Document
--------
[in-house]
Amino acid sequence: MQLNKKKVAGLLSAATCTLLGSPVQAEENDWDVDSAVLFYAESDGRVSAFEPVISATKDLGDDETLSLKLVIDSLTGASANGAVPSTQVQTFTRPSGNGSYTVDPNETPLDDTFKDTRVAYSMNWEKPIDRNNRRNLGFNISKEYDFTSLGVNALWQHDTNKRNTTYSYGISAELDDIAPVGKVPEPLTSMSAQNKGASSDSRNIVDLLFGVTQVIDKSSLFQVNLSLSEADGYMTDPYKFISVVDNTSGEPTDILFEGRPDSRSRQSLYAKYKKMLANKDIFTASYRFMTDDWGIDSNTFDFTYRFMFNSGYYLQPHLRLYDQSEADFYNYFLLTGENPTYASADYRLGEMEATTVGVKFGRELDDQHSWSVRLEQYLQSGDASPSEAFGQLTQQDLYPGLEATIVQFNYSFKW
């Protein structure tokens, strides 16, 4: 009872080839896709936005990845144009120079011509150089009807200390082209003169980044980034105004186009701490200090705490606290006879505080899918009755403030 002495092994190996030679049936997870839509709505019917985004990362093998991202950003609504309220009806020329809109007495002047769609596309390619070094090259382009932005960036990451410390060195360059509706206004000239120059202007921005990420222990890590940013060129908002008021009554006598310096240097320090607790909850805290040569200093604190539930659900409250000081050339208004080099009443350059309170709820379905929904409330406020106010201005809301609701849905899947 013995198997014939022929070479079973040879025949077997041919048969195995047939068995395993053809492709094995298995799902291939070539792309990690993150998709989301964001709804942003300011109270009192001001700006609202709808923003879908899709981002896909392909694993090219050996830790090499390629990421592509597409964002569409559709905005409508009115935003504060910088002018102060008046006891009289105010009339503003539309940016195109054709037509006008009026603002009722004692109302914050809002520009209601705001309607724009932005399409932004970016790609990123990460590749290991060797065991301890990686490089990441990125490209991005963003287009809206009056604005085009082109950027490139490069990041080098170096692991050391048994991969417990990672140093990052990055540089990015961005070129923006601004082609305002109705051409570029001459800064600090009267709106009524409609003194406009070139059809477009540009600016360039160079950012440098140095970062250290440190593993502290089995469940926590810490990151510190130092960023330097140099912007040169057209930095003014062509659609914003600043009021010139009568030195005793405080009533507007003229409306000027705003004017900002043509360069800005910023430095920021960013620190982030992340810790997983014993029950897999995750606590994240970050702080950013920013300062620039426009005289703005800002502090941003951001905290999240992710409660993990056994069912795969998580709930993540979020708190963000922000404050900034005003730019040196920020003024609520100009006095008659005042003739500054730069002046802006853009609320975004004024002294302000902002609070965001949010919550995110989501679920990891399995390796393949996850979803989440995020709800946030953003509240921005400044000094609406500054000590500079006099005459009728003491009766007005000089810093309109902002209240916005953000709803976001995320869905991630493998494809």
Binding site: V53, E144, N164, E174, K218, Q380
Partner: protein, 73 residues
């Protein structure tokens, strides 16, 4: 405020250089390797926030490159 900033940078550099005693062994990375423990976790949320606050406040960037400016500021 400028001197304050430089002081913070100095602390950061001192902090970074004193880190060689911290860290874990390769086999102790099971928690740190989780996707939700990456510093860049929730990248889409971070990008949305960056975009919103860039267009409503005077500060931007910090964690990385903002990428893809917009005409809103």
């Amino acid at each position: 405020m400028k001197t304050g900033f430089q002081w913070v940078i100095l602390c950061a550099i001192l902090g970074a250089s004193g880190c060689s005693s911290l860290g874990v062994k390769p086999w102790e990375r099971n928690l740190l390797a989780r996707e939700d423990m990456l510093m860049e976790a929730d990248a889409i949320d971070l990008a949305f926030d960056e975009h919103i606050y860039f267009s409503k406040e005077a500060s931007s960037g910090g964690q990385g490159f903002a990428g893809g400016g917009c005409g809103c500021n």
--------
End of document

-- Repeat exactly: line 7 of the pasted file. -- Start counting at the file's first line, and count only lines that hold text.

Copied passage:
């Amino acid at each position: 405020m400028k001197t304050g900033f430089q002081w913070v940078i100095l602390c950061a550099i001192l902090g970074a250089s004193g880190c060689s005693s911290l860290g874990v062994k390769p086999w102790e990375r099971n928690l740190l390797a989780r996707e939700d423990m990456l510093m860049e976790a929730d990248a889409i949320d971070l990008a949305f926030d960056e975009h919103i606050y860039f267009s409503k406040e005077a500060s931007s960037g910090g964690q990385g490159f903002a990428g893809g400016g917009c005409g809103c500021n």